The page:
Telecom Leaders Ask Congress to Streamline Permitting Ahead of BEAD Project Deployment

Lawmakers considered more than 30 legislative drafts targeting potential regulatory obstacles.

Telecom Leaders Ask Congress to Streamline Permitting Ahead of BEAD Project Deployment
Photo of former Federal Communications Commissioner Michael O’Rielly in 2018 by Gage Skidmore used with permission

WASHINGTON, April 20, 2023 — Telecom industry leaders on Wednesday urged Congress to streamline broadband permitting processes, claiming that the current regulatory burden could hinder the effectiveness of historic federal investments in digital infrastructure.

In a hearing of the House Communications and Technology Subcommittee, lawmakers debated the best solution to permitting challenges — and considered more than thirty legislative drafts targeting application timelines, environmental preservation reviews and other potential obstacles to broadband deployment.

Subcommittee Chair Bob Latta, R-Ohio, emphasized the urgency of enacting permitting reforms by pointing to the $42.5 billion Broadband Equity, Access and Deployment Program.

“While funding is a key piece to the puzzle, it’s not enough to make sure that people have access to broadband — we need to make sure new networks can be built in a timely and cost-efficient manner,” Latta said. “Without changes to the permitting process and meaningful oversight, all of this money set aside for broadband could be wasted.”

The impending rollout of BEAD projects “will lead to much greater demand for permits and approvals that threaten to exacerbate existing backlogs and could undermine a shared national objective of universal connectivity,” said Michael Romano, executive vice president of NTCA—The Rural Broadband Association.

Small network operators already face significant challenges in navigating current permitting procedures, including substantial fees and lengthy delays for relatively minor project components, Romano said.

Increased transparency and communication from federal agencies could greatly aid deployment, said Michael Saperstein, senior vice president of government affairs and chief strategy officer at the Wireless Infrastructure Association.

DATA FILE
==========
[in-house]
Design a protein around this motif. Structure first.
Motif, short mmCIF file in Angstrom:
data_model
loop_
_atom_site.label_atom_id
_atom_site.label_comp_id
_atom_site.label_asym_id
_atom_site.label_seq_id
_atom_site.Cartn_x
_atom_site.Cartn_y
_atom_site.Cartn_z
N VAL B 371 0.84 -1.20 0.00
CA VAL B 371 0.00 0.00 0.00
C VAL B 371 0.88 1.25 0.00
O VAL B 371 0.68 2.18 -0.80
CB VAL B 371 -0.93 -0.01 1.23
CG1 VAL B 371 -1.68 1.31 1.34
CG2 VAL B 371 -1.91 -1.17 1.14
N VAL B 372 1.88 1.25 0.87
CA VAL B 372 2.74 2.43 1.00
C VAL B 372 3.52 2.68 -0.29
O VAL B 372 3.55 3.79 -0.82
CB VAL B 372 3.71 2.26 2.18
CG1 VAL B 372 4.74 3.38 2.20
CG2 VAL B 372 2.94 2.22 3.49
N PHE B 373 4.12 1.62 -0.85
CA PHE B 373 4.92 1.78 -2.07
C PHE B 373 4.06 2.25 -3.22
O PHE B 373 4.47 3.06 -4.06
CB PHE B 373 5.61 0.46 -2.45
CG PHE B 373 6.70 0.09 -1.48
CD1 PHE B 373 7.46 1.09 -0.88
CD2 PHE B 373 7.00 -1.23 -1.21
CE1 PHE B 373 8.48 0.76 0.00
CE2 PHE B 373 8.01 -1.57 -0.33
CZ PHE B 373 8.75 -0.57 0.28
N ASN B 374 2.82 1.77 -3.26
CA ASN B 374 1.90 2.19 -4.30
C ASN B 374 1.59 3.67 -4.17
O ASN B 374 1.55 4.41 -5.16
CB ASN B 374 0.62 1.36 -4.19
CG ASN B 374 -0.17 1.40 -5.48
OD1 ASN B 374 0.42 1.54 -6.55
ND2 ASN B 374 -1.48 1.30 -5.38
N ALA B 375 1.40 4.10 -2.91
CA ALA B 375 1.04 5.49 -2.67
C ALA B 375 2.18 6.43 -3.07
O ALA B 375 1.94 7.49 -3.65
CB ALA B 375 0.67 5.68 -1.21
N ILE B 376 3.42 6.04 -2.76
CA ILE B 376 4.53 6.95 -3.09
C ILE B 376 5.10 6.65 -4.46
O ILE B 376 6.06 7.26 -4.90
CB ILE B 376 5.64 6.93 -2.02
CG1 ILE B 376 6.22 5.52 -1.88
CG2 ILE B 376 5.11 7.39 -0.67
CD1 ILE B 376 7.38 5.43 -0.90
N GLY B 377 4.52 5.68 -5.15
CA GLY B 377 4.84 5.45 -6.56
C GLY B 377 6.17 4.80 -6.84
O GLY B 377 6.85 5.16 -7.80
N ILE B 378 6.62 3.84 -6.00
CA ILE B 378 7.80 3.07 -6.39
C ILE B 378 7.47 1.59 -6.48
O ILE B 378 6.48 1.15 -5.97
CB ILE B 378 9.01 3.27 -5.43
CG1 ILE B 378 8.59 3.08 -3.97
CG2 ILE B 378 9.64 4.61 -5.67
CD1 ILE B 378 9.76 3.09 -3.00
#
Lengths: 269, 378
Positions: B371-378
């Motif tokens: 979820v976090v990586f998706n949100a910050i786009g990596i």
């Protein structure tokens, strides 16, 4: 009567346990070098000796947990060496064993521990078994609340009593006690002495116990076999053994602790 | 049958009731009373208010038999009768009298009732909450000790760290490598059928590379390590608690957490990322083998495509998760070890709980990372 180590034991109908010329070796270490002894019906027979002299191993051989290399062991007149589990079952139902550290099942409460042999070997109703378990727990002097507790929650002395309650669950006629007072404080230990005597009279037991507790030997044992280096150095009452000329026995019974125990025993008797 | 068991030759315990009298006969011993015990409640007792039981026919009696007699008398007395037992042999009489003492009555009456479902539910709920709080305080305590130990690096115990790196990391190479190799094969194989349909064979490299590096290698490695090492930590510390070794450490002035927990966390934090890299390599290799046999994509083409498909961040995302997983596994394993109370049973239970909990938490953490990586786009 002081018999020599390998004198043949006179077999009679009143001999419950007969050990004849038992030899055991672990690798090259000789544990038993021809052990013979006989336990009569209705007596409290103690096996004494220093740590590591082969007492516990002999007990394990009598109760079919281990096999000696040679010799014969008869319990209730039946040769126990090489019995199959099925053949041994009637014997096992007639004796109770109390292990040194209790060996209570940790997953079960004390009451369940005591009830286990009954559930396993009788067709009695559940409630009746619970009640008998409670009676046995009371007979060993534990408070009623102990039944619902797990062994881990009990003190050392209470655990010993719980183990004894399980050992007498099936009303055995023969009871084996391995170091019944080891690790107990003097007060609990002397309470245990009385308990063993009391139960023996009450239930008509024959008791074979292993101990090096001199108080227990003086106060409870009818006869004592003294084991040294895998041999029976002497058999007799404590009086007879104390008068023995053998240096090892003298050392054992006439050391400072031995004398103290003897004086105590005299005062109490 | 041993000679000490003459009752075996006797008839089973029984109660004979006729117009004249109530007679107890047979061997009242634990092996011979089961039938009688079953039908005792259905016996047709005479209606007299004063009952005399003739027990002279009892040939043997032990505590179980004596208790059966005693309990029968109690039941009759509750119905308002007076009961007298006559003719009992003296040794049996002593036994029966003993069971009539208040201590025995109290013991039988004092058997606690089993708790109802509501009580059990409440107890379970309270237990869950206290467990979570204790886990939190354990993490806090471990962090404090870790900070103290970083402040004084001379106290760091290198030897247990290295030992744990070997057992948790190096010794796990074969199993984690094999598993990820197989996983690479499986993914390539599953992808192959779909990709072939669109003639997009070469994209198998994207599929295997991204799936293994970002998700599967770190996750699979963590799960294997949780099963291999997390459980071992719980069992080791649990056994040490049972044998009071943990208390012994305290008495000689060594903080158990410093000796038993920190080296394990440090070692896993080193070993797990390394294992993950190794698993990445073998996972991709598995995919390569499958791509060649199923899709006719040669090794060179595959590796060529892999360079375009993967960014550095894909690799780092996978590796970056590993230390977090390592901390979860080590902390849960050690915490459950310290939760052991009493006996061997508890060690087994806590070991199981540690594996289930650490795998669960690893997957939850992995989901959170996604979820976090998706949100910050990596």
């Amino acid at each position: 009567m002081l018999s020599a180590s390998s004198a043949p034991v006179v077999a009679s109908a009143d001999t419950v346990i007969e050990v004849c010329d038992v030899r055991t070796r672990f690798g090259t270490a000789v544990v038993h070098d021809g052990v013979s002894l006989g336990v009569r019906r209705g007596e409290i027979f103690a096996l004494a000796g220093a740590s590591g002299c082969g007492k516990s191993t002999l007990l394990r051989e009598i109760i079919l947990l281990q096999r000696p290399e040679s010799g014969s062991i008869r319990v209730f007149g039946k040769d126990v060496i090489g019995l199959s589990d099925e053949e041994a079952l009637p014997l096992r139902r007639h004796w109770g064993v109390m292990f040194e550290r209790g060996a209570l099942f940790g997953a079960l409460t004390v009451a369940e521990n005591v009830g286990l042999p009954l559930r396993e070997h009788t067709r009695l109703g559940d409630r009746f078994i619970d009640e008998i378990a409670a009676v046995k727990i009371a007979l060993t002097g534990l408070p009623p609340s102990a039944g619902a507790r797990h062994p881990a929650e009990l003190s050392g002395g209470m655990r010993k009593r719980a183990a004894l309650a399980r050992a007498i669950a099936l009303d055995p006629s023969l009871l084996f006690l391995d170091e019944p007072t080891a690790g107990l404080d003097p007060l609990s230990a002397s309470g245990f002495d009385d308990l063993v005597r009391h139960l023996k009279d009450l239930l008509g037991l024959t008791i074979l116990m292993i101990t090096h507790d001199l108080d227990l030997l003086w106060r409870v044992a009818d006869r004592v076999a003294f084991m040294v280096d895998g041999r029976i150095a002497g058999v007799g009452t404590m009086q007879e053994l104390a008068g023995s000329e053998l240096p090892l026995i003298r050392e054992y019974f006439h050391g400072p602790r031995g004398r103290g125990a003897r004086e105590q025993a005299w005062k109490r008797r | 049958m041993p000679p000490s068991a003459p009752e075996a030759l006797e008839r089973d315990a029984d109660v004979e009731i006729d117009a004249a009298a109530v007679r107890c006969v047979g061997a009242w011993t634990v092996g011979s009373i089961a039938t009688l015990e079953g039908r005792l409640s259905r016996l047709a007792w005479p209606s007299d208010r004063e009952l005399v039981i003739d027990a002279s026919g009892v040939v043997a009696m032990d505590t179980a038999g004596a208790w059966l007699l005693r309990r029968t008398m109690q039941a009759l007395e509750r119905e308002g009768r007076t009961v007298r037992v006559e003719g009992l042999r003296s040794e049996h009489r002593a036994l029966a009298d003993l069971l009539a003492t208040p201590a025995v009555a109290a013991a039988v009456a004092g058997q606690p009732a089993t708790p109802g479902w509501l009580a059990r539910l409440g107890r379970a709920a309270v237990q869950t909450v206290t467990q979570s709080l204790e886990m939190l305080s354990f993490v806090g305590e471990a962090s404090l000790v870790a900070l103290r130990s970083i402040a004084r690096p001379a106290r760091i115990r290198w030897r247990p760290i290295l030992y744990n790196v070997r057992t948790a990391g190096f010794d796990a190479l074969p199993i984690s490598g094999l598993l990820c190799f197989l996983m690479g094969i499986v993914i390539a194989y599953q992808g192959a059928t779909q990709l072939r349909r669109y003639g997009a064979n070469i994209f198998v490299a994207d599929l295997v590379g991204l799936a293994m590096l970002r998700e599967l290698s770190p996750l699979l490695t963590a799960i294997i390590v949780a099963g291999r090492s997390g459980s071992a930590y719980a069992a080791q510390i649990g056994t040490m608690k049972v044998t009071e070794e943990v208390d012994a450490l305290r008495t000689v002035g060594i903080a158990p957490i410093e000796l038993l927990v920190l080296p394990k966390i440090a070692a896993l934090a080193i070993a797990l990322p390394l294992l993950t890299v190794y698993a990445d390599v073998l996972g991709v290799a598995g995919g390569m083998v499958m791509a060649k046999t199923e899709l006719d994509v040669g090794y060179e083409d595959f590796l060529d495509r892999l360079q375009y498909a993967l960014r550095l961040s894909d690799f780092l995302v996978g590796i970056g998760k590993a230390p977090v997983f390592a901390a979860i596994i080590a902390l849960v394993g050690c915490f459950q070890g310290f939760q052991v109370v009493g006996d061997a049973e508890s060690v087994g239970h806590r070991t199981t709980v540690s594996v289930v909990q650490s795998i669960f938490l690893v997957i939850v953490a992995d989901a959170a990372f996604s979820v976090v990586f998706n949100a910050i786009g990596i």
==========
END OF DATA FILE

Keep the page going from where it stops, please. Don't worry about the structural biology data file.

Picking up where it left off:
“What we’re asking for is straightforward — we simply seek a predictable application process, proportionate to the project, that will be decided in a timely manner,” Saperstein said. “And when the answer is ‘no,’ let us know why that is and let’s work together to resolve reasonable concerns.”

Industry leaders highlight pole attachment debate, environmental regulations

Michael O’Rielly, president of MPORielly Consulting and former Federal Communications Commissioner, voiced his support for the “large majority” of the bills being discussed, but argued that “the legislative efforts could go further, especially on pole attachments.”

O’Rielly specifically highlighted the Fair Access to Internet Ready Poles Act, a proposal that would establish FCC oversight over pole attachments, sparked repeated disagreement throughout the hearing.

The bill would “unfairly change the rules of the game after providers have already gone through the complicated and costly process of applying for federal funding,” claimed Louis Finkel, senior vice president of government relations for the National Rural Electric Cooperative Association.

O’Rielly responded that he was “outraged” to see electric utility and co-op organizations “opposing even this moderate step.”

Industry leaders found common ground on several other proposed reforms, such as loosening environmental regulations — which multiple witnesses described as particularly burdensome and often duplicative.

“Streamlined approaches to actions that are known to have minimal environmental impacts will allow agencies to focus their time and resources on proposals that truly do have significant environmental impacts,” Finkel said.

Saperstein agreed, saying that “permitting processes serve a function, but common sense tells us that not every proposed action requires the same amount of scrutiny.”

Biden administration signals cooperation while Democrats urge caution

Although many of the legislative proposals discussed at the hearing were spearheaded by Republicans, O’Rielly noted that “relevant Biden administration officials have wholeheartedly agreed with permitting reform and have outlined additional action that they intend to take.”

But Rep. Frank Pallone, D-N.J., ranking member of the Energy and Commerce Committee, expressed concerns about the majority party’s approach, claiming that Republican lawmakers were proposing solutions without adequately examining the problems.

“I believe that any discussion of these issues that does not include states and municipalities, Tribal representatives, environmental justice communities and other experts with relevant testimony is incomplete,” Pallone said.

Ernesto Falcon, senior legislative counsel for the Electronic Frontier Foundation, also stressed the importance of careful consideration prior to legislative action.

“Past deregulation efforts did not lead to equitable deployment of broadband, but rather gave us digital redlining problems even in areas that were completely profitable to serve in the long run,” he warned.

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